Silver Comedy is a social enterprise that seeks to enrich the lives of older people through actively engaging them in comedy workshops and performances.
Silver Comedy workshops range from interactive sessions with games and improvisation, to sketch writing courses that often lead to live performances. They work throughout the UK, with partners like day centres, supported housing and care homes to encourage residents to have a laugh and feel more involved, which reduces isolation.
Silver Comedy also run a Stand Up Of The Year Competition for over 55s.
For more information see http://silvercomedy.co.uk/
Southwark Circle is a membership organisation that mobilises public, private and voluntary resources to meet the everyday needs of older people in the area and build up stronger local networks.
Locals can join the Circle as a Member (older person) or as a Neighbourhood Helper. Members get to be part of a growing social network, to take part in events and to access a free phone number to get recommendations for anything from a trustworthy, local builder to the best mobile phone plan, and to buy tokens that can be exchanged for slots of time from Neighbourhood Helpers. Neighbourhood Helpers sign up to the Circle to contribute as much or as little time as they want, either voluntarily or at London Living wage.
Southwark Circle was launched in 2009, after being co-designed and tested by 250 older people and their families, alongside Participle, Southwark Council, Sky and the Department for Work and Pensions.
The Circle model has now been replicated in Nottingham, Hammersmith and Fulham and Suffolk, as separate CICs and supported by a local authority partner. It is now being scaled across the country with approximately twenty others in the pipelines at different stages of business planning.
For more information see: http://www.southwarkcircle.org.uk
The Rushey Green Practice has been using social prescribing for the last 10 years. It ‘prescribes’ patients with symptoms of depression and isolation, an opportunity to volunteer through its own timebank. Patients who join and volunteer by gardening, cooking, painting or doing other community work are rewarded with credits in the timebank system as well as forming new social connections.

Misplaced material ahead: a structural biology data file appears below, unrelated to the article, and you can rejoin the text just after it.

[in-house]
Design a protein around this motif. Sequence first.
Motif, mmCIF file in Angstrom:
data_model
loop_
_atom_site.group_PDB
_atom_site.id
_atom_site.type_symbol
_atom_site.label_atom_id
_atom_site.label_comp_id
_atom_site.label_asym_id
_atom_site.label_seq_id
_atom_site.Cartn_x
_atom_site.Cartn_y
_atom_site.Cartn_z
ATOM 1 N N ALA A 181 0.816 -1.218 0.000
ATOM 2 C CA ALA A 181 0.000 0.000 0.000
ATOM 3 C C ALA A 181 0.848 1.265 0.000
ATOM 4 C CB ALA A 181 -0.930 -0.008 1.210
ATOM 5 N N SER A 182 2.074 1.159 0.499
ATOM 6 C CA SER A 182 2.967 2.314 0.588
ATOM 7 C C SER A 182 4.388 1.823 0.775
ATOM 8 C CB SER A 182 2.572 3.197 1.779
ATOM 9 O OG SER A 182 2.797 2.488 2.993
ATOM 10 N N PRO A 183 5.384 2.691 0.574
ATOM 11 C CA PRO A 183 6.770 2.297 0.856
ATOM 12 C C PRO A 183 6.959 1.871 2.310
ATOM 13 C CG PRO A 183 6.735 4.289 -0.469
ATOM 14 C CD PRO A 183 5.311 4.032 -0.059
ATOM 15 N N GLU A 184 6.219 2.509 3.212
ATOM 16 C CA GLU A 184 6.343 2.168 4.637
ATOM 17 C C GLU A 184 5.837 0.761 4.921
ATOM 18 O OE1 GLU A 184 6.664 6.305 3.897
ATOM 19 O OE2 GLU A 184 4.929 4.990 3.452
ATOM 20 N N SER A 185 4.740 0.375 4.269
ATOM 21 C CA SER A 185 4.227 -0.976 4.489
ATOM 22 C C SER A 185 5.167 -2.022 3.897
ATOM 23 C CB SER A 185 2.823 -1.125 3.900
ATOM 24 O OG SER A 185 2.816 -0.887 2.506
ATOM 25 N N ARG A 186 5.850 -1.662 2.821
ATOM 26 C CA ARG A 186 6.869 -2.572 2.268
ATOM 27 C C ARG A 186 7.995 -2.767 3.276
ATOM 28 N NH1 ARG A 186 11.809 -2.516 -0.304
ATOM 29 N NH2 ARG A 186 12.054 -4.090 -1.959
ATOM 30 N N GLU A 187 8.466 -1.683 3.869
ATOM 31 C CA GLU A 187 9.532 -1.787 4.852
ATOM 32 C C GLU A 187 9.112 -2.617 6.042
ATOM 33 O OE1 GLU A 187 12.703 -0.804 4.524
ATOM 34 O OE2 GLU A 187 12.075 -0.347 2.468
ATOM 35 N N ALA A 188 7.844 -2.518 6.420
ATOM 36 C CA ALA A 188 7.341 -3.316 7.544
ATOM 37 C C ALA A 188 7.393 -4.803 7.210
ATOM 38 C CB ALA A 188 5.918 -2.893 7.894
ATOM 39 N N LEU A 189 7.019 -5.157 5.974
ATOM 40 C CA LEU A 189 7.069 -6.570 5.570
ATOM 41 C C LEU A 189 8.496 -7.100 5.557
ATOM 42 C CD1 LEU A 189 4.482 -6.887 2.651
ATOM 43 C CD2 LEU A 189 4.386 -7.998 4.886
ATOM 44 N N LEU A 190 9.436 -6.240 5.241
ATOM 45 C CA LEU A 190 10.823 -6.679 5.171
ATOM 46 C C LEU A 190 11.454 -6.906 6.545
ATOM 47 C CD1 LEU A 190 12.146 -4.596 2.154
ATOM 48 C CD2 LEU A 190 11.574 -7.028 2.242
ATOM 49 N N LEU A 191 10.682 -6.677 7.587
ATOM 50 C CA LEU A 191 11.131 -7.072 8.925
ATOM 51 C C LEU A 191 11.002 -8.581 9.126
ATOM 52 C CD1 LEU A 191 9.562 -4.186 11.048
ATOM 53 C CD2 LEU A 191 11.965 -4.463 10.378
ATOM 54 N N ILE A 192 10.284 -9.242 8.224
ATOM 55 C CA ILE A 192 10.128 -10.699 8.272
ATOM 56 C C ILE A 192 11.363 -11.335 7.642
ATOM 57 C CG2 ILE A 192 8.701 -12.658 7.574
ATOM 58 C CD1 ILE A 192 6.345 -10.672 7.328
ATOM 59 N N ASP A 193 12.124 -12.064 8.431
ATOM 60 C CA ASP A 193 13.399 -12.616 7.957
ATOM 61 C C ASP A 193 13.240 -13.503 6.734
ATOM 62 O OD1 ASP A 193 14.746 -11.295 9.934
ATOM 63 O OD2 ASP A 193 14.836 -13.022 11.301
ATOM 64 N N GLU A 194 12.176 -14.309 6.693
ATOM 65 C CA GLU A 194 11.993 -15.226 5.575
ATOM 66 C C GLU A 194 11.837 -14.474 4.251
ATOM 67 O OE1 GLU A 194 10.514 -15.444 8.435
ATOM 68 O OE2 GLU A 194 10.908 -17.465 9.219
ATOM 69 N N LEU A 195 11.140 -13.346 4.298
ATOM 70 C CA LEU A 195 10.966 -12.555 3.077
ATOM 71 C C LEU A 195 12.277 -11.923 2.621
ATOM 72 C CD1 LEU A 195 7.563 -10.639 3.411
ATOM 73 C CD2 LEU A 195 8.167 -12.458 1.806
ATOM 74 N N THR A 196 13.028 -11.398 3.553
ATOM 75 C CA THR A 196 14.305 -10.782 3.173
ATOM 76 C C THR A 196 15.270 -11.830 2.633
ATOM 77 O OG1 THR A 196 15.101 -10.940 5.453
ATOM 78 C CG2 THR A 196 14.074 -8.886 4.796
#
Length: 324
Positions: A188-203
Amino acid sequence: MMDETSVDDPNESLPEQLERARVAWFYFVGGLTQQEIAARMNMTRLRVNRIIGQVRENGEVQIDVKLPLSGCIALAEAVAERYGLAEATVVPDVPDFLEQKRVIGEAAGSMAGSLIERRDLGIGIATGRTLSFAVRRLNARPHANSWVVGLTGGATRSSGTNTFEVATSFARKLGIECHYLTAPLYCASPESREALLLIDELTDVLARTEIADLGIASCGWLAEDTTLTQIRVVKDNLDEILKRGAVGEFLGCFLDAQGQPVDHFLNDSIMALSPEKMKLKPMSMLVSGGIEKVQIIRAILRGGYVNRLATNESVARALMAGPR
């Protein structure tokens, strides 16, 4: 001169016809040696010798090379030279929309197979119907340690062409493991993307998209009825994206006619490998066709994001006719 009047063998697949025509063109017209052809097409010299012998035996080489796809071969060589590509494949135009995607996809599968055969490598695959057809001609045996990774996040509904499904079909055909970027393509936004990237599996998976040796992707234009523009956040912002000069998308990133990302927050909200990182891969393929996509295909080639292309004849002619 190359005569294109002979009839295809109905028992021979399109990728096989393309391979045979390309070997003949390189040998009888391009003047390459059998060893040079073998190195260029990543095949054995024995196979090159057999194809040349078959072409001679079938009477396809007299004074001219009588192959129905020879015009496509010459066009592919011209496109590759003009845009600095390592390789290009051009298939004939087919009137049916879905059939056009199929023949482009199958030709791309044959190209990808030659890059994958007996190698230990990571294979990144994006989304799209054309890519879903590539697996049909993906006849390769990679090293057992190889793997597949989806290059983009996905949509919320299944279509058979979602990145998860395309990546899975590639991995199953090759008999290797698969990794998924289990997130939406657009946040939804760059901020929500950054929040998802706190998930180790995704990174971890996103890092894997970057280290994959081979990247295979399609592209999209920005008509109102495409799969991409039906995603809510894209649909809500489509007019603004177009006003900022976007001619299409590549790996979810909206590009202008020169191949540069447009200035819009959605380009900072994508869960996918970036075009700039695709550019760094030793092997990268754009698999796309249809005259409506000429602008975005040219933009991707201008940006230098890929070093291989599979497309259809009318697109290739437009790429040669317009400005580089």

Evidence suggests this reduces isolation and increases a sense of purpose (as patients become assets to others), as well as improving mental and physical health.
With more than 200 participants, mostly over 50, the time bank also reaches beyond the practice – 45% of participants are referred. Participants reach out and recruit new members in the community, help to organise and run events. There are also paid staff, particularly to match people to tasks, work with people with mental health needs, and monitor safeguarding issues.
Now a charity, the time-bank is now partly funded by Lewisham Primary Care Trust amongst others.
For more information: http://www.rgtb.org.uk/ and other examples of social prescribing in Bradford and Newcastle
Magic Lantern Film Club is a mobile cinema unit with its own screening equipment and licensing to show films. They show cult, classic and sometimes forgotten films to different audiences in places like parks, theatres, bars and historic buildings.
Cinema triggers memories that can reaffirm identity and encourage social connections and so their latest idea is a Silver Screen Programme, showing films in care homes for residents who are not able to get out often. The films would be chosen by older people themselves. And the screenings would be attended by film students from Sheffield Hallam University and retired volunteers, making this a truly intergenerational project.
The Magic Lantern Film Club are currently seeking backing for their idea.
The Second Half Centre, is a community and wellbeing centre for the over 50s based on the idea that later life is better thought of as “the second half of your life”.